Tuesday, November 30, 2010

Lights out!

Whoever told you strings of Christmas lights are made in China, LIED. Lied, I tell you. They are made in Hell.

Last year, I put into storage working strings of lights. That would be the lights around the front door and the lights up the banister. While our pre-lit Christmas tree had already proved itself untrustworthy the second year of its existence by losing all contact with one portion of its pre-lit-ness, I had tucked away a string of lights to connect to it so it would resemble a whole tree. It is forgiven its transgression because by now, I don't care.

But the others are not. I had several strings (working when stored) in reserve. They did not completely work either. About 3/4 of each strand did. For the front door, I doubled good lights over bad and twisted them around nails in the hopes they will stay up there. For the banister, I disengaged the two strands, neither of which was 100% competent, and replaced with another which--let me hold my breath--worked for the time being.

Christmas lights: made in Hell.

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Monday, November 29, 2010

Sleeping with the snowman

Nestled inside the big Christmas storage boxes are many little boxes, both to keep things in order and to keep things safe. Sure enough, nestled in with two reindeer and the wine bottle holder snowman was my angel. Her wings were a little bent (let us all raise our eyebrows here), but otherwise she was in good shape. I fluffed her out and hung her up!

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An Angel goes AWOL

We've all seen our special angels go AWOL, or at the very least take a walkabout. Their timing is always guaranteed to frustrate the rest of us. This weekend at our family Thanksgiving rent-a-house-get-away-together time, grandson Jack wasn't feeling well. HIs ear hurt and his throat; his medicine hadn't kicked in sufficiently for his angelic presence to be always with us. Oh, he'd have his moments of glee, but then they'd go away. Today, Jack is on the road to recovery and his angel will be back in residence shortly.

But that's not the type of angel I'm writing about, although it makes an interesting aside. The Christmas boxes are hauled down from the attic and the living room looks like we're preparing for a major move. This, even after we took several boxes to the second hand store last Tuesday.

Last night I started decorating the tree, first putting up our special ornaments which aren't stored in the attic and which get pride of place. I worked for over 2 hours but at the end of that time, I still hadn't found our Christmas tree topper angel.

She was a gift perhaps 20 years ago. She's crocheted and stiffened with a glue compound which was popular to do then. I even tried it, but my snowflakes never stiffened sufficiently. But this angel was great! She's topped our tree ever since. But this year, she's AWOL.

I did cursory searches in boxes I thought we might have tucked her into for safe keeping. No, not there. Today, as I search through the rest, perhaps I'll find her, find that she's merely walkabout.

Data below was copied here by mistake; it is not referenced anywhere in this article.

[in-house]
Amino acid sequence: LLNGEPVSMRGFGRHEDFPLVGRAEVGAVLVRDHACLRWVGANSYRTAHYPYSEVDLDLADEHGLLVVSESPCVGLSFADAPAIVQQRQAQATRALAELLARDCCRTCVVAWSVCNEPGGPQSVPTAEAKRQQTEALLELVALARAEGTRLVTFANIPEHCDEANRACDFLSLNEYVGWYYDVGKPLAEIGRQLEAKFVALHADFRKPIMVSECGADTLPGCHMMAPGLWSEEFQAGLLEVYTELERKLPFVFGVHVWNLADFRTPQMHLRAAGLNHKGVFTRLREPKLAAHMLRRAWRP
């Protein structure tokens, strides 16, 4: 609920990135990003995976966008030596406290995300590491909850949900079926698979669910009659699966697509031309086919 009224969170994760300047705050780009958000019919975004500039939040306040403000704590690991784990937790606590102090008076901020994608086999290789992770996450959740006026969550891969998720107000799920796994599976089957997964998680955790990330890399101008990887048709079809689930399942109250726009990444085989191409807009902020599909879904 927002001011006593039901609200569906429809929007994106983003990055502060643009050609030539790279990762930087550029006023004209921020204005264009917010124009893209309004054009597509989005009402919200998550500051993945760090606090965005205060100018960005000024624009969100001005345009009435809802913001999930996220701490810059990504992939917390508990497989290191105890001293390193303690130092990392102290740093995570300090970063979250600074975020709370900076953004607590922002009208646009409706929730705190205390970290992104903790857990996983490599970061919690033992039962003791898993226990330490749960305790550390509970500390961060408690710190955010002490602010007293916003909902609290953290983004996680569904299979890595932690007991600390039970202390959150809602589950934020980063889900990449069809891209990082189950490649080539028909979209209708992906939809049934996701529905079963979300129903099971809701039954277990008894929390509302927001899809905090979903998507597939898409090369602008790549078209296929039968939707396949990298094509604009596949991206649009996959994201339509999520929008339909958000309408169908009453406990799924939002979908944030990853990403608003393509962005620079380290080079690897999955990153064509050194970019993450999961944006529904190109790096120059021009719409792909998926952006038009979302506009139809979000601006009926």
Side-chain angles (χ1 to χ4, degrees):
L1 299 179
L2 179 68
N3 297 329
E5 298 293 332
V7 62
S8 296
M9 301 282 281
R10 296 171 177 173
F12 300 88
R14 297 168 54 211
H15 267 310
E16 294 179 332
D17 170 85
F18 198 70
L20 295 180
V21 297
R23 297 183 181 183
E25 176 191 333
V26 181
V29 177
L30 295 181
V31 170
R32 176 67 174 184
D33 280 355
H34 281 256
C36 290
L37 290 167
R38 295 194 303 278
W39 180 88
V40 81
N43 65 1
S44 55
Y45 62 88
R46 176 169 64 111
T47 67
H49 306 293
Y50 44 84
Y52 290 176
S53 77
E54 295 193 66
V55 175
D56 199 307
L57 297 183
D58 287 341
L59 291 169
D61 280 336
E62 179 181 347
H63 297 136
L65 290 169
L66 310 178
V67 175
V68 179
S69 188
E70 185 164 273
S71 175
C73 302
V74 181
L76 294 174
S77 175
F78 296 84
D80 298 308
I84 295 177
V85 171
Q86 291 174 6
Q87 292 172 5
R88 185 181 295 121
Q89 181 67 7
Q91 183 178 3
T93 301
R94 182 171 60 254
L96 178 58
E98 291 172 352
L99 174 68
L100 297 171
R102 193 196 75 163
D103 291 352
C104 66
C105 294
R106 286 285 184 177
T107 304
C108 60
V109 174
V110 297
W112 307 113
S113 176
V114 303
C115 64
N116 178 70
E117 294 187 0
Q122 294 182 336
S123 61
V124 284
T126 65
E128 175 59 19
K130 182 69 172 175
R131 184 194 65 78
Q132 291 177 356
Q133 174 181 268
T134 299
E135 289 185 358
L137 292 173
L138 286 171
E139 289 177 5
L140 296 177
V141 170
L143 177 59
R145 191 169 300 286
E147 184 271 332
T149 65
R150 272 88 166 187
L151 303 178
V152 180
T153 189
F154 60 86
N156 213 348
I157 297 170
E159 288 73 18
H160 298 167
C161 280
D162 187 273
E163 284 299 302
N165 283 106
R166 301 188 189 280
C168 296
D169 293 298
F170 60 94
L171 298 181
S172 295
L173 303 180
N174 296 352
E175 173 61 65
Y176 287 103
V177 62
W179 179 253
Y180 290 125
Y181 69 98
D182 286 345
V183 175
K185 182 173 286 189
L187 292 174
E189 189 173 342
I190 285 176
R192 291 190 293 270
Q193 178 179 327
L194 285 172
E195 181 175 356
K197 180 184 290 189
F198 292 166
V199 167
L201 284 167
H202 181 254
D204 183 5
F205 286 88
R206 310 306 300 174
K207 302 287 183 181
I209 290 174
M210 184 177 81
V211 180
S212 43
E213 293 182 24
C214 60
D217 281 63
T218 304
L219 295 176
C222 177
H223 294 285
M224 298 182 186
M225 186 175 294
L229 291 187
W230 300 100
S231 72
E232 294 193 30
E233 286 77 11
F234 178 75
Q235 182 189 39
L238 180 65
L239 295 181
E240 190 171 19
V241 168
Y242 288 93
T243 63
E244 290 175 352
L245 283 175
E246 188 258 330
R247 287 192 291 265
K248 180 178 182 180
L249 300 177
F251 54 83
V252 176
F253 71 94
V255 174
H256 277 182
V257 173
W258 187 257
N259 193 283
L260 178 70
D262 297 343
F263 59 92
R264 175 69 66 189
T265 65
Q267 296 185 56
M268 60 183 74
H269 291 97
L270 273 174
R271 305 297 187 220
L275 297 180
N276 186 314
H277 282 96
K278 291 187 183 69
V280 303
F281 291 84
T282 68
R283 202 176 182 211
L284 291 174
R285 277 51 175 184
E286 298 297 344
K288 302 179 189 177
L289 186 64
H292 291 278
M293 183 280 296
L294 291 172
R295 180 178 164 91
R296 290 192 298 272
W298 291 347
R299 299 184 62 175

Otherwise, we'll have a bare-topped Christmas tree.

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Thursday, November 18, 2010

The Elder Statesman

Saturday we were at our grandson Jack's second birthday party held at the Frontiers of Flight Museum at Love Field, Dallas. Waiting for the toddlers to finish their running around and get down to the serious business of cupcakes and juice boxes, my husband, son-not-the-dad and his wife wandered into the main area of the museum to see what we could see.

We hadn't crossed the threshold until my daughter-in-law and I were in the gunsights of an elderly gentleman. He made a beeline for us. As women, he asked, wouldn't we like to hear a story about a little told part of aviation history? It would only take 10 or 15 minutes. Sure, I said, as I watched my husband and son scurry away (and lose out on a grand education as it turned out). My DIL trailed along with me.

We crossed the width of the museum (and it's not small) to his area of expertise. We did not cross quickly; I would estimate his age as late eighties or early nineties. However, given those parameters, I suppose it was practically running.

He settled us on benches surrounded by cases of WWII memorabilia. We learned a bit about bombers and flying solo, saw a photo of him in the cockpit of his plane. Handsome man. We then learned about the women who served so well as pilots, the WASPs and WAFPs.

He charmed us. He quoted poetry. He made me sad.

Because this is what my dad should be doing, being a docent in a flight museum, instead of sitting in a nursing facility because of his Alzheimer's. I didn't catch this gentleman's name, but I'm so glad he put us in his sights.

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Sunday, November 14, 2010

A trip down memory lane

Yesterday we celebrated grandson Jack's second birthday at the Love Field Museum of Flight, but that's another post. This one centers on what happened afterward.

Needing to discuss Thanksgiving plans, we adjourned to a nearby Mexican restaurant, Cantina Laredo in Inwood Village. As my son was telling me the location, my mind was skittering back to my childhood and teen years. I knew the place, but by another name. I'd practically grown up there when it was an El Chico's, as my dad had had business in Dallas nearly every weeknight. It was cheaper to feed the family--and far more efficient as far as he was concerned--to go to Dallas and pick up the parts he needed for the next day's repairs than to wait for them to arrive via the bus or mail. My mother liked El Chico's.